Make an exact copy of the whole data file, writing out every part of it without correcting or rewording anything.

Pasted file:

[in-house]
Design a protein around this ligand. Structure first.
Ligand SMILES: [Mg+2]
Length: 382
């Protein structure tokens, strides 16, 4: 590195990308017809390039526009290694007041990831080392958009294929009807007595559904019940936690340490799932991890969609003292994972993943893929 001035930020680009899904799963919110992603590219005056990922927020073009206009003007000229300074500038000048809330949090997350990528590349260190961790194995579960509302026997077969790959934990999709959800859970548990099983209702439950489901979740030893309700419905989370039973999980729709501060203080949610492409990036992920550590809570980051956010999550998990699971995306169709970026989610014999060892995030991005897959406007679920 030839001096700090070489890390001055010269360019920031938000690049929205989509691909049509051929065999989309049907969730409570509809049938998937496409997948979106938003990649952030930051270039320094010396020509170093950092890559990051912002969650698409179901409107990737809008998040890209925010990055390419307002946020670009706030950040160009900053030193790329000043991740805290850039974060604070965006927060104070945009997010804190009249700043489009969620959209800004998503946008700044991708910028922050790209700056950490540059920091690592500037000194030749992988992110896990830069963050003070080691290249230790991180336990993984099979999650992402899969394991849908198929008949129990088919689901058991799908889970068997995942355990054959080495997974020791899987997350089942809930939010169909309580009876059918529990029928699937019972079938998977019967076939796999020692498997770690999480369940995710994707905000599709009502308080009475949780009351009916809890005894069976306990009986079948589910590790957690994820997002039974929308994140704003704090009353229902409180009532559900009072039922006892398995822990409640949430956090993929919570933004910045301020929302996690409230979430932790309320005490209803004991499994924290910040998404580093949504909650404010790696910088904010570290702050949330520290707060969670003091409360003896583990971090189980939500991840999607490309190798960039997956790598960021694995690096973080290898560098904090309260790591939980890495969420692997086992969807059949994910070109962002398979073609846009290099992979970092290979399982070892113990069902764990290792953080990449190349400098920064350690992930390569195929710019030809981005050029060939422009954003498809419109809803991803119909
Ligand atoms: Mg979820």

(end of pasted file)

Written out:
[in-house]
Design a protein around this ligand. Structure first.
Ligand SMILES: [Mg+2]
Length: 382
């Protein structure tokens, strides 16, 4: 590195990308017809390039526009290694007041990831080392958009294929009807007595559904019940936690340490799932991890969609003292994972993943893929 001035930020680009899904799963919110992603590219005056990922927020073009206009003007000229300074500038000048809330949090997350990528590349260190961790194995579960509302026997077969790959934990999709959800859970548990099983209702439950489901979740030893309700419905989370039973999980729709501060203080949610492409990036992920550590809570980051956010999550998990699971995306169709970026989610014999060892995030991005897959406007679920 030839001096700090070489890390001055010269360019920031938000690049929205989509691909049509051929065999989309049907969730409570509809049938998937496409997948979106938003990649952030930051270039320094010396020509170093950092890559990051912002969650698409179901409107990737809008998040890209925010990055390419307002946020670009706030950040160009900053030193790329000043991740805290850039974060604070965006927060104070945009997010804190009249700043489009969620959209800004998503946008700044991708910028922050790209700056950490540059920091690592500037000194030749992988992110896990830069963050003070080691290249230790991180336990993984099979999650992402899969394991849908198929008949129990088919689901058991799908889970068997995942355990054959080495997974020791899987997350089942809930939010169909309580009876059918529990029928699937019972079938998977019967076939796999020692498997770690999480369940995710994707905000599709009502308080009475949780009351009916809890005894069976306990009986079948589910590790957690994820997002039974929308994140704003704090009353229902409180009532559900009072039922006892398995822990409640949430956090993929919570933004910045301020929302996690409230979430932790309320005490209803004991499994924290910040998404580093949504909650404010790696910088904010570290702050949330520290707060969670003091409360003896583990971090189980939500991840999607490309190798960039997956790598960021694995690096973080290898560098904090309260790591939980890495969420692997086992969807059949994910070109962002398979073609846009290099992979970092290979399982070892113990069902764990290792953080990449190349400098920064350690992930390569195929710019030809981005050029060939422009954003498809419109809803991803119909
Ligand atoms: Mg979820």